A large glass of red wine contains about three...Image via Wikipedia

For the last few months, the cooks in the Scholarly Kitchen have fed readers appetizers of insight, glasses of Glasnost, wedges of wisdom, and the occasional hearty roast. For dessert, we now offer you a slice of satire from our book of scholarly recipes.

Scholarly Chicken

preparation time: 10 min. Feeds 1


1 well-read chicken

1 bottle of red wine (Baron Philippe de Rothchild preferable (few graduate students can afford this); 5-litre boxed wine acceptable)

1 round of soft cheese (Brie, Camembert, etc.)

1 baguette

1 book (chickens are partial to Proust; avoid Sartre as this often creates angst in poultry)


  1. While cheese is warming to room temperature, uncork wine (or break seal on box) and let breathe. You should breathe, too. Cut baguette into rounds 1 inch thick. Open book.
  2. Consume first glass of wine with bread and cheese while reading introduction. If chicken looks hungry, offer slice of bread.
  3. Repeat step 2, continuing through as many chapters as possible, before characters becomes confusing and plot incomprehensible (with Proust this may happen soon after first glass).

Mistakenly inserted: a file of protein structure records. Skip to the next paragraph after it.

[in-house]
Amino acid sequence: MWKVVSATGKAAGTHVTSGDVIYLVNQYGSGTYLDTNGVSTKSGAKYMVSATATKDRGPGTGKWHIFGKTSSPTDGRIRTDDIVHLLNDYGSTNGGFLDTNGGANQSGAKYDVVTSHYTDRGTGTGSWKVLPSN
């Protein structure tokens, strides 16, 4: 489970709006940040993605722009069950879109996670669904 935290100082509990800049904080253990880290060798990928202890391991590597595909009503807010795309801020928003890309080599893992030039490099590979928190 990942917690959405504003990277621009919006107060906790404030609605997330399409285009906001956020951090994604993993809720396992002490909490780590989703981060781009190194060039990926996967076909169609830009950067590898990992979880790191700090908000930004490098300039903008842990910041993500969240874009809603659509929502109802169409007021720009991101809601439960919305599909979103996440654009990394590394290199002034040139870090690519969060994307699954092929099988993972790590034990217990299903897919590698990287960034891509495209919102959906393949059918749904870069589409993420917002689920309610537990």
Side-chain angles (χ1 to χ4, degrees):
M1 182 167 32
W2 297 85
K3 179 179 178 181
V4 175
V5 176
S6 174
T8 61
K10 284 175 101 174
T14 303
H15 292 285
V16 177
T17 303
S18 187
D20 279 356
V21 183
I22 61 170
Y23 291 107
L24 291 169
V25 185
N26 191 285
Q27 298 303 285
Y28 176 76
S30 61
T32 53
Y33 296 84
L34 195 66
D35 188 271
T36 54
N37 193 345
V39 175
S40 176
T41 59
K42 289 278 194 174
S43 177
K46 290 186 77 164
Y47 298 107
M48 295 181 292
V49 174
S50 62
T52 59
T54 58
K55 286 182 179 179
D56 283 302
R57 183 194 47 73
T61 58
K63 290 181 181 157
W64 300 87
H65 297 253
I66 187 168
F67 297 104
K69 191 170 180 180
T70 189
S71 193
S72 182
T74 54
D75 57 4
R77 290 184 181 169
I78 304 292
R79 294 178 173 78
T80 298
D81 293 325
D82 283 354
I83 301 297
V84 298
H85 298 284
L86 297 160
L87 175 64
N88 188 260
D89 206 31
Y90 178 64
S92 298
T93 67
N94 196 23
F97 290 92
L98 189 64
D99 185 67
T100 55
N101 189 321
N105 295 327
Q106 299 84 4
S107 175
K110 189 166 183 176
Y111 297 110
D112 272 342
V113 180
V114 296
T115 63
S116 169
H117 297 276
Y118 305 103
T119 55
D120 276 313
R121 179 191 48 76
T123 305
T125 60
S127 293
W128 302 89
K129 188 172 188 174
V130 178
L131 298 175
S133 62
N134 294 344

4. Return chicken to cage, finish bottle of wine, and fall asleep on sofa.
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Phil Davis

Phil Davis

Phil Davis is a publishing consultant specializing in the statistical analysis of citation, readership, publication and survey data. He has a Ph.D. in science communication from Cornell University (2010), extensive experience as a science librarian (1995-2006) and was trained as a life scientist. https://phil-davis.com/


7 Thoughts on "Scholarly Chicken"

I find this works with duck as well, although ducks seem to prefer biomedical literature, which tends to elicit more comments from them.

Just waking up now after trying recipe. I found the bottle on the floor, feathers everywhere and chicken no where to be found.

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